He was strikingly handsome, in a certain, young Brad Pitt kind of way, although unlike Mr. Brangelina, his hair was dark and graying–albeit a very Pitt-esque graying, if you know what I mean.  He wore a baseball cap as if he’d been born with it, and his intensity marched right from the entry of our clinic into the entry of our group room like Caesar taking Gaul, all three parts.

And he was in pain.  A lot of it.  He couldn’t have hidden that had God come down and ordered him to.

Today, a week later, he came in and took his place around the table.  There was a bit of a riled edge to him, but nothing drastic, and without much effort he bantered with the other men of the group until the festivities began.  Soon after that beginning, however, he asked us all a question.

“Do you guys mind if I tell you the words of a song I’ve written?  I play the guitar, and it helps me cope, and, I, well . . . it’s been a bad week.  The worst, really.  Would you be willing to hear it?”

We all said yes, of course–out of curiosity, true, but also, admittedly, out of a certain kindhearted tolerance, you know how that goes.

So without skipping a beat, he recited the words to us, just a touch out of breath, yet slowly and clearly, with a cadence worthy of the meter, never sing-song, always with a distant gaze that seemed to place him somewhere between Indianapolis and Baghdad, if I had to take a guess.

I didn’t see it coming until it came.  His lyrics.  Him.

When he finished, the room was silent.  All I can remember is sitting there like a fool, my mouth hanging open, looking directly at the Chaplain, who was sitting there like a fool, his mouth hanging open, looking at me.  Our eyes spoke in unison to each other:  Oh, my God.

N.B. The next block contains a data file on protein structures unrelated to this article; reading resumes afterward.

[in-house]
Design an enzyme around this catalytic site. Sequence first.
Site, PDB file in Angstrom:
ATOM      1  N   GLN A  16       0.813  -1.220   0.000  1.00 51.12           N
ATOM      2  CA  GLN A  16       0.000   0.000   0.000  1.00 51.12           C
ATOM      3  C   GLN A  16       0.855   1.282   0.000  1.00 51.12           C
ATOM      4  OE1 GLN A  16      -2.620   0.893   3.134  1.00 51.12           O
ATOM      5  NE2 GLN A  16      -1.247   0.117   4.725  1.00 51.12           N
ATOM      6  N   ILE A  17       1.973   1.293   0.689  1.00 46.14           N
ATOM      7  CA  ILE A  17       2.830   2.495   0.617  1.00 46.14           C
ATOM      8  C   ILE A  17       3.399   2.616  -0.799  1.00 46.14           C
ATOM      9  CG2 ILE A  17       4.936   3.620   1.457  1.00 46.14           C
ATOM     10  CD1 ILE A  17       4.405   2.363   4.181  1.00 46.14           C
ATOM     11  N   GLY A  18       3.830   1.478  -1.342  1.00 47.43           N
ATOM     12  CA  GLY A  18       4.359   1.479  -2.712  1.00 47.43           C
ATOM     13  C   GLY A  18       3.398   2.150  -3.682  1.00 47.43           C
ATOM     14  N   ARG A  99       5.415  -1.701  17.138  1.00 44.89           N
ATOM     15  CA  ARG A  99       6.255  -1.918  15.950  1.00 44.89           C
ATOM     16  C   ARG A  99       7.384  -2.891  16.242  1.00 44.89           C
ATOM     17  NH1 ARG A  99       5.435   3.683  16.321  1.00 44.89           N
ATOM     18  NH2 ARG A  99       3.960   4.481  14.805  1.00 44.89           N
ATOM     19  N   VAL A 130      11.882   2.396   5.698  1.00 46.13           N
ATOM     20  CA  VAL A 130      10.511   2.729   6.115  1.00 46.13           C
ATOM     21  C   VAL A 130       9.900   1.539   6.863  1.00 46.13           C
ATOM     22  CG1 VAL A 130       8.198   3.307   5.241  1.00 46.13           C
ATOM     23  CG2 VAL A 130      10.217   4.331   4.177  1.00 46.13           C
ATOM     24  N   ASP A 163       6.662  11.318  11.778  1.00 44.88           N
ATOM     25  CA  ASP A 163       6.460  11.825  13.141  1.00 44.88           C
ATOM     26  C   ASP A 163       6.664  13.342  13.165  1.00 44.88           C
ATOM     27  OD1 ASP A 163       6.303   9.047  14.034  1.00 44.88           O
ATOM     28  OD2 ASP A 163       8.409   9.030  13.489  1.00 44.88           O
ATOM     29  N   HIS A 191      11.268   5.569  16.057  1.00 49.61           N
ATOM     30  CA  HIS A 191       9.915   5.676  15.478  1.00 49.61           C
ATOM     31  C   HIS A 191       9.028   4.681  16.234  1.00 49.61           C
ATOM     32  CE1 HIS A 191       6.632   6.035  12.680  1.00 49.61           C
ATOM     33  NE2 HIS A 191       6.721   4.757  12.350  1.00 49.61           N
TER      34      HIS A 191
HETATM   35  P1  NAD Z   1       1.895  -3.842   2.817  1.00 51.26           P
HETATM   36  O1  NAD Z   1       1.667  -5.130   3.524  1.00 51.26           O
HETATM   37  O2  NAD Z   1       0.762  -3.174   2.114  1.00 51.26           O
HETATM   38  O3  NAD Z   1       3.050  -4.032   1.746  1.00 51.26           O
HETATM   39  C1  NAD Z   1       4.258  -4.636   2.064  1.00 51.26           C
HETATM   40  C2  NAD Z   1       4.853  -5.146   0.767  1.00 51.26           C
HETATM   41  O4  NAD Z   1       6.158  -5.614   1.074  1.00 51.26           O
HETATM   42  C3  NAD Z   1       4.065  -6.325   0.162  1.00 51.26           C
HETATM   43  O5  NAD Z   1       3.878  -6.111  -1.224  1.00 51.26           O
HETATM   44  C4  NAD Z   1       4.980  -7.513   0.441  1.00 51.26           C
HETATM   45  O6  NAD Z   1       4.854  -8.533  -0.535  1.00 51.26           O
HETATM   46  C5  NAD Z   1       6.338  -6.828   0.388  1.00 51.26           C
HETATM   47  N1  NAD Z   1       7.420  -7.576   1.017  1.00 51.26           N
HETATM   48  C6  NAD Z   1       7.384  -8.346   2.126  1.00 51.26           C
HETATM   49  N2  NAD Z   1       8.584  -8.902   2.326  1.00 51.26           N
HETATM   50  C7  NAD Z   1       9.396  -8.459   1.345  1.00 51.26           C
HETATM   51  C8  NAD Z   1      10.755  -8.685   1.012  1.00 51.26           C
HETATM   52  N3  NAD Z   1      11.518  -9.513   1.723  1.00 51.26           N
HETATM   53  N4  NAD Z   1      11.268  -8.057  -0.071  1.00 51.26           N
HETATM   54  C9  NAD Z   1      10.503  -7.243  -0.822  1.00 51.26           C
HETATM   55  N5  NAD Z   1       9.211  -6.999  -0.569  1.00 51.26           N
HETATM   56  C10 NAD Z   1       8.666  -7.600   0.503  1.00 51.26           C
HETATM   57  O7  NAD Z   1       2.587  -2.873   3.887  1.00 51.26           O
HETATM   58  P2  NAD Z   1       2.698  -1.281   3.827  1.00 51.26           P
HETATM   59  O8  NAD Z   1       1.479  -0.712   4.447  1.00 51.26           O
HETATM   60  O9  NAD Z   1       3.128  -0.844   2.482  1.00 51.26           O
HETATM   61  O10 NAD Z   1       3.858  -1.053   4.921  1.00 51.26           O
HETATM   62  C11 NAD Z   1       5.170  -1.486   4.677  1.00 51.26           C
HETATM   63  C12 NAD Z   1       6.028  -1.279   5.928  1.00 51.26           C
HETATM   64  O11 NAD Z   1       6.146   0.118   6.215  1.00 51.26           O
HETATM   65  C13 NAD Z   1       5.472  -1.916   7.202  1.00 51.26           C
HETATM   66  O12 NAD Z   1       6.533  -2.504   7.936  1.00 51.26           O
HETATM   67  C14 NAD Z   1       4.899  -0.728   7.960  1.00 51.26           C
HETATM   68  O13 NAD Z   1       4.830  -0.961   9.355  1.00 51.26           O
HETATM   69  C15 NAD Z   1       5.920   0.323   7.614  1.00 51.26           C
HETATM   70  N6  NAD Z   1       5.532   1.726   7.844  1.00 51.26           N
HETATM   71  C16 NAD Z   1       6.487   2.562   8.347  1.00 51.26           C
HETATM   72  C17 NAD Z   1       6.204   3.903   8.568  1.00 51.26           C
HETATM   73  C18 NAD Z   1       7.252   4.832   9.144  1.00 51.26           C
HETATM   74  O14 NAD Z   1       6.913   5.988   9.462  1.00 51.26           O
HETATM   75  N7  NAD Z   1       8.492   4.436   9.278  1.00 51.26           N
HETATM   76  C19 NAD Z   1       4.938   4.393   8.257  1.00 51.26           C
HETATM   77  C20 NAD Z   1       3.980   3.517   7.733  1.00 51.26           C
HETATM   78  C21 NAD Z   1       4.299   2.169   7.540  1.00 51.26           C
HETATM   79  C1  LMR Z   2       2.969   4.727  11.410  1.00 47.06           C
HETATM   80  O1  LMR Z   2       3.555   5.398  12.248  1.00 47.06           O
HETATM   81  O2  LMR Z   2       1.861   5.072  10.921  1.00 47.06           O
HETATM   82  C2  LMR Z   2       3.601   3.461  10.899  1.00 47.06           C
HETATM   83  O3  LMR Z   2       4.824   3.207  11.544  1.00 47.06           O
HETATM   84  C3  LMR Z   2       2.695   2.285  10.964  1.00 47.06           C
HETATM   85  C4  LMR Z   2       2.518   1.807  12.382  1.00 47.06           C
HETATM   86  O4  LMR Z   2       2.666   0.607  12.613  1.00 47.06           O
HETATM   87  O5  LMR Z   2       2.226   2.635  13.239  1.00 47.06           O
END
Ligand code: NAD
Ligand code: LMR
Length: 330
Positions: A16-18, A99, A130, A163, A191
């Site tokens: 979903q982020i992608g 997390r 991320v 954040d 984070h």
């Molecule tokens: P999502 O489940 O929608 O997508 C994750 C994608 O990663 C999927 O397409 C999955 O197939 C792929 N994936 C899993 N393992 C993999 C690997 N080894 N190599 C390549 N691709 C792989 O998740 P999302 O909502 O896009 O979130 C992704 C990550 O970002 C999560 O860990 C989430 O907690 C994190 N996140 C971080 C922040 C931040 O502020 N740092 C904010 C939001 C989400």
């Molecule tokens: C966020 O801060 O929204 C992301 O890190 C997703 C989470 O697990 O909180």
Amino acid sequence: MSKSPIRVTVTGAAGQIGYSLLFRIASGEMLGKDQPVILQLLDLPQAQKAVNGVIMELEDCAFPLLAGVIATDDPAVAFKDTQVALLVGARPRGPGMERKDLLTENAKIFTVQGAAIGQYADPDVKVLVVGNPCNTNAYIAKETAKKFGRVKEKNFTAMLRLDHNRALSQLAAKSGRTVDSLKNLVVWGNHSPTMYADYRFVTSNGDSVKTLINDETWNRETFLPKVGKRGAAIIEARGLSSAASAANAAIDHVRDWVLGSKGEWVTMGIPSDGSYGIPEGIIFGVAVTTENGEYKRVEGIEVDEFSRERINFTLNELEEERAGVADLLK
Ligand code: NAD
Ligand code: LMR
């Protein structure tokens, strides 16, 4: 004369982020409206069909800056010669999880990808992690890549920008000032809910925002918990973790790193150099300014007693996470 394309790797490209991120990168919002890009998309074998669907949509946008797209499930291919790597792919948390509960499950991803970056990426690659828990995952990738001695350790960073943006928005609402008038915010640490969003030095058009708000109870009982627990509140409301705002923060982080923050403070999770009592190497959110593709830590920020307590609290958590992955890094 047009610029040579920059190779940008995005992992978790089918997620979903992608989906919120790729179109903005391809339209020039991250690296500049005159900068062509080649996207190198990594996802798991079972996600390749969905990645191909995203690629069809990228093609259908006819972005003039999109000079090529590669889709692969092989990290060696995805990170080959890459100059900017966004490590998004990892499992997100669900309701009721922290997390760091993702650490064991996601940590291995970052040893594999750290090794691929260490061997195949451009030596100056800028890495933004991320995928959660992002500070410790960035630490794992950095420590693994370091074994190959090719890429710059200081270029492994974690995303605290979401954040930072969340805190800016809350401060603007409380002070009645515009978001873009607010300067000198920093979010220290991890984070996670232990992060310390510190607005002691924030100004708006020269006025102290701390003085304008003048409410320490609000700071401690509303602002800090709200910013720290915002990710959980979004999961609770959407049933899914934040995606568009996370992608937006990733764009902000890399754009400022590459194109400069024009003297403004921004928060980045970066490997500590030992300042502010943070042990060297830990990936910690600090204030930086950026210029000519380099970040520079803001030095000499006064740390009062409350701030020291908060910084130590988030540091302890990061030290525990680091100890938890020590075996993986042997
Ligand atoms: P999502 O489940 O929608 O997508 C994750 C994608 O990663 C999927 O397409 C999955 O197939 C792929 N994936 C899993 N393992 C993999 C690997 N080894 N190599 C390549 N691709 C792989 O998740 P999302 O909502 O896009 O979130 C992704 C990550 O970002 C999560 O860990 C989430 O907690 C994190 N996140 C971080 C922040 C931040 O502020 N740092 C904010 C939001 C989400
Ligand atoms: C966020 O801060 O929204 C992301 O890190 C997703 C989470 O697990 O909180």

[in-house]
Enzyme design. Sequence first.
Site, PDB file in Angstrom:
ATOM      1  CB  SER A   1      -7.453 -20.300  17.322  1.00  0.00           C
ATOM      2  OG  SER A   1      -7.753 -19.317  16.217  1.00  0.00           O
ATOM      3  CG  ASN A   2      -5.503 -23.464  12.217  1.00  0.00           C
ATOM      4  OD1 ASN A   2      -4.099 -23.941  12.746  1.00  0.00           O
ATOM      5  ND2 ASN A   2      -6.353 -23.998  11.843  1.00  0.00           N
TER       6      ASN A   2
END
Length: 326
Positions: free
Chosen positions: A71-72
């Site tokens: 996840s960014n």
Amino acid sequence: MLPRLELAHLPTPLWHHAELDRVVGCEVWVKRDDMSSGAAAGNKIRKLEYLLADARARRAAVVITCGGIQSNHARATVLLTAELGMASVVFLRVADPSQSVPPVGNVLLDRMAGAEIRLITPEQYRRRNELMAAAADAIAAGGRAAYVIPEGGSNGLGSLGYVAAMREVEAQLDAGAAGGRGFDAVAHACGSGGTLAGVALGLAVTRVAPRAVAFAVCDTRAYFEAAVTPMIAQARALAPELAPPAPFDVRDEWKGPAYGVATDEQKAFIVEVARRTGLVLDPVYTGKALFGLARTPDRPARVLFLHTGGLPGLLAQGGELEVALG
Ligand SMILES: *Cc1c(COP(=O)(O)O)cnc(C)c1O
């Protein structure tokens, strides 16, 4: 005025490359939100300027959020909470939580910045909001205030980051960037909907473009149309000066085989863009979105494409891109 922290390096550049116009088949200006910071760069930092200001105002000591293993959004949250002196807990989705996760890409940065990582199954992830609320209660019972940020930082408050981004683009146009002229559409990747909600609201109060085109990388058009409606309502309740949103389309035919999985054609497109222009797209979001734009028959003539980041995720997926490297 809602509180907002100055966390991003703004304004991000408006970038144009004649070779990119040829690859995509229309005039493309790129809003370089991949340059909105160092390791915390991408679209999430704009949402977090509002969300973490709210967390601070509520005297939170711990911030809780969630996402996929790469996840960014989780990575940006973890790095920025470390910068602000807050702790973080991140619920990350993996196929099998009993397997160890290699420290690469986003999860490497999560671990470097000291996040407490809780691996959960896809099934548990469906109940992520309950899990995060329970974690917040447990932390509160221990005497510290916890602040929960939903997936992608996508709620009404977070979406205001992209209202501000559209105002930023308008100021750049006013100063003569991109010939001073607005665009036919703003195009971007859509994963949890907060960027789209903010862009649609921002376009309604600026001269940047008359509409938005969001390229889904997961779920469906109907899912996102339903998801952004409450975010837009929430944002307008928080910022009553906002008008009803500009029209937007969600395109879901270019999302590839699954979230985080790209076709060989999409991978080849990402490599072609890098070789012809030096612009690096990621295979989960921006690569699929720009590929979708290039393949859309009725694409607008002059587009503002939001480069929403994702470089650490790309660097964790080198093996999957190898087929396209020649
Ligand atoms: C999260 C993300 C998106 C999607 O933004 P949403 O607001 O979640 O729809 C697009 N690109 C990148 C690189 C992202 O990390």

Oh my God.

He went on to talk a fair amount today.  He was a bit embarrassed at how much he spoke, yet never did he monopolize the group.  His heart was simply pouring forth his pain, his confusion, his anger at a world that should be far more reliable than it is.  The other guys nodded in agreement, murmured in assent, freely added their thoughts, their elaborations.

I don’t think any of them noticed the tear streaking down my right cheek.

When the group was over, I asked him if I could publish the lyrics in my blog.  I promised him that I would read him the text of the entry.  He seemed genuinely touched, excited even.

“I wrote it for the regular soldier, the guy trying to do the right thing, trying to stay alive.  I’d really like to make a video of it, you know?  Share it with other soldiers, like a gift, all of us trying to make sense of it all.”

I was about to give him my e-mail address when I realized that he was getting a piece of paper so that I could write down the lyrics as he dictated them to me.  Clearly he was wanting to speak the words to me again.

His delivery was a bit slower, in deference to my aging hearing, I suppose, yet just as intense, just as desirous of a listener–any listener–to get it, please, get it.  Please, sir.  Please.

The Killing Floor

Driving through the sand
In an 1114,
My men and I are true killing machines,
50 cal and a Mark 19.
We can take out anything.

Death is near,
I can feel it in my bones.
Contact right, coming over my headphones.
I look to the right, and what do I see?
I see this Iraqi man staring right back at me.
He raised his weapon, I had to blow him away.

I still think about him every day.

Was he a father, or was he a son?
I wonder if he’d ever even held a gun.

What are we fighting this war for?
It’s a one-man show on the killing floor.
The killing floor is what you need.
The killing floor is what you believe.

Have you ever heard a mother’s cry?
Have you ever seen a father’s tear?
Who are we kidding,